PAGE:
An “art therapy” bus is launching to support the mental wellbeing of young children.
‘At The Bus’ is a small charity based at The Cherwell School in Oxford. It uses a unique art as therapy intervention to support children and young people who suffer from anxiety, depression, trauma and loss; those who have been bereaved, the withdrawn, the bullied and the bullies; and those who have recently arrived in this country and struggle to engage with their education.
On 11 September 2021, At The Bus will officially launch its art as therapy double decker bus at the school. The bus will be launched by three patrons of the charity: artist Jenny Saville, actor Juliet Stevenson and designer Camille Walala who designed the exterior of the bus.
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Other patrons include artist Grayson Perry, journalist and broadcaster Jon Snow and Mark Thompson, former Chief Executive of the New York Times.
Why the bus?
Rates of depression and anxiety continue to increase amongst children and young people, and there’s limited access to mental health support.
At The Bus works in partnership with schools to support education, enhance mental wellbeing, alleviate anxiety, and develop resilience, self-esteem and independence. The Covid crisis also means that therapeutic support for vulnerable young people is more vital than ever before.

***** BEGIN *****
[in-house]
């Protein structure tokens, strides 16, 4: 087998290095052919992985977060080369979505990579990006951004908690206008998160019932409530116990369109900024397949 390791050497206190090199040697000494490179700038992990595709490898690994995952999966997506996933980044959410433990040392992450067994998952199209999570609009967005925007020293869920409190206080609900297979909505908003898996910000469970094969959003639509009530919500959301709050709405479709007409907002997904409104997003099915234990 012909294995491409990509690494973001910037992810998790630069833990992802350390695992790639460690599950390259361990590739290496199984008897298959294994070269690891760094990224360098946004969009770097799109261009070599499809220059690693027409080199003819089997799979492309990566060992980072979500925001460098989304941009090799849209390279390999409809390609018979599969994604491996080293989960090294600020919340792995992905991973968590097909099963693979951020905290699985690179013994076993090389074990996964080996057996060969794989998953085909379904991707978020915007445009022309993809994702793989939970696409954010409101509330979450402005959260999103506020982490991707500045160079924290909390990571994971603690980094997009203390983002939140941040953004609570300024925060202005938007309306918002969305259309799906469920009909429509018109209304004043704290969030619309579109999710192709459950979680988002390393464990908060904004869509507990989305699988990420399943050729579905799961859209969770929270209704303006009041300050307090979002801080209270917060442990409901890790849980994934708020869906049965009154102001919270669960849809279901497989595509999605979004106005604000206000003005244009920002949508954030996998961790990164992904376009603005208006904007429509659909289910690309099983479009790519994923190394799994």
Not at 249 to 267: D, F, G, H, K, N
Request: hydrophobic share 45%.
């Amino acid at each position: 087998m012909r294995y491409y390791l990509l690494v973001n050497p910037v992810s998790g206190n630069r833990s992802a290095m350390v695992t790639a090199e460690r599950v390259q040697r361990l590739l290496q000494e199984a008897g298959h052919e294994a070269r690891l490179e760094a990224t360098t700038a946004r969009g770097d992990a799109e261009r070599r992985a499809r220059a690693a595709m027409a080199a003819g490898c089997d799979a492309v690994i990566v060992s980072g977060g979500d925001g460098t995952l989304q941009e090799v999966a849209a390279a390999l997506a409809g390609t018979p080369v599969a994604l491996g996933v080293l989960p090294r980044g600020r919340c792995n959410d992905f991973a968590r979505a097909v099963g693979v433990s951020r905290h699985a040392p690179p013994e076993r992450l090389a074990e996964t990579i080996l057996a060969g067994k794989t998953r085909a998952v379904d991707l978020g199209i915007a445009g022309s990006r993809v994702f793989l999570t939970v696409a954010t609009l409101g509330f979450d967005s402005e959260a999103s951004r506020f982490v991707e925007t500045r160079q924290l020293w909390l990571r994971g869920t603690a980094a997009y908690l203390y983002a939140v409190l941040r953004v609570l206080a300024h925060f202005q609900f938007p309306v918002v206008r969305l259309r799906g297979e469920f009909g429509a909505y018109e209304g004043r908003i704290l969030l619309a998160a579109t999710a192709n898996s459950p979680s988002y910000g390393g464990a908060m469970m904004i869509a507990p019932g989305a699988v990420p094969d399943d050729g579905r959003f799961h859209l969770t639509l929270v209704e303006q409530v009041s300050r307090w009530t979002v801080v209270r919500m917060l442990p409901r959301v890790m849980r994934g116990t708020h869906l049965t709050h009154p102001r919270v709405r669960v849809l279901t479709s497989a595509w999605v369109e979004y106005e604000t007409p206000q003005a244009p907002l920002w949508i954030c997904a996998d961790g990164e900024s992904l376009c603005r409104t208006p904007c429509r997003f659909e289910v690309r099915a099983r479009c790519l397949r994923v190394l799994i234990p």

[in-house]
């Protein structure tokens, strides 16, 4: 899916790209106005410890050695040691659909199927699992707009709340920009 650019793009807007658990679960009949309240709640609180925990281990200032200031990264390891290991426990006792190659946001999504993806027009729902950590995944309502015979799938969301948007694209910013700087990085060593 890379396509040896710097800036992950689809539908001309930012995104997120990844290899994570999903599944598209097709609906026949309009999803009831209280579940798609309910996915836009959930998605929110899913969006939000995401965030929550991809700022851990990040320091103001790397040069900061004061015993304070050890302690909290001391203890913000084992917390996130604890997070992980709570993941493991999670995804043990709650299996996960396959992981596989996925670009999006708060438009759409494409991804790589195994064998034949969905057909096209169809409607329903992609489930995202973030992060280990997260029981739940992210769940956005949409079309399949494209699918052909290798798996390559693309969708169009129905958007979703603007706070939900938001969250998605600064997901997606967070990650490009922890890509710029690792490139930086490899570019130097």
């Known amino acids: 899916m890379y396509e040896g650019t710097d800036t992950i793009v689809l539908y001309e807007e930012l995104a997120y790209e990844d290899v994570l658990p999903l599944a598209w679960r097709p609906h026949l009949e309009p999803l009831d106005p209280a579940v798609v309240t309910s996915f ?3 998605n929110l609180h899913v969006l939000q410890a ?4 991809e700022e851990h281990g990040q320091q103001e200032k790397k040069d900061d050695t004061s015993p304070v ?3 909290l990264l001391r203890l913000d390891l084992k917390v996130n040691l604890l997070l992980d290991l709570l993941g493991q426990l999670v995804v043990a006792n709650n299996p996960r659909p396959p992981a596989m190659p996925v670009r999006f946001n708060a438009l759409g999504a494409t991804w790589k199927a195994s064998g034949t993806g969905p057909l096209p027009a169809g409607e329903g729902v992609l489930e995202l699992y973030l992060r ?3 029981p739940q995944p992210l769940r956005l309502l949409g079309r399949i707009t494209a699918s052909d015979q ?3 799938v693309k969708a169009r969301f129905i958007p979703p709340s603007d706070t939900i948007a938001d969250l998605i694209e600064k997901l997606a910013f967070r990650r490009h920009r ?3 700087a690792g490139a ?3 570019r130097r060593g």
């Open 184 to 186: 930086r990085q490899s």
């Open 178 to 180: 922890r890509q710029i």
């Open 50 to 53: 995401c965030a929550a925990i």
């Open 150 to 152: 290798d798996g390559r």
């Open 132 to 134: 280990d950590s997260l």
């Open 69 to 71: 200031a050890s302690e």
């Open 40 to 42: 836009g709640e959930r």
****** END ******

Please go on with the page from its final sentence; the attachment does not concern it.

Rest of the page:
The project is directed by a unique approach, the Beattie Method, devised by Juli Beattie OBE, founder and director of the charity. It’s a proven and evaluated methodology which focuses on each student’s individual challenges and difficulties. The emphasis of The Beattie Method is group intervention. It empowers young people to manage their lives and gives them the tools to face challenges supported, and alongside fellow students.
How does it work?
The programme is devised along the theme of transformation: young people work with everyday objects rather than blank canvases. Vinyl records become self-portrait clocks, old chairs can become works of art based on well-known artists or thrones for children facing a terrible lack of self-confidence.
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The object of transformation is part of the therapy, and in the process of transforming the objects, the young people undergo a transformation of self-worth.
“This is a much-needed resource, and we are looking forward to working with children across the county,” says Dr Juli Beattie OBE. “The mental wellbeing of our young people is in crisis. At The Bus will make a real difference to support their wellbeing and education. This is an exciting chapter for Oxford and we hope it will grow into a national provision.”
To find out more about the bus or to support the charity, visit its website.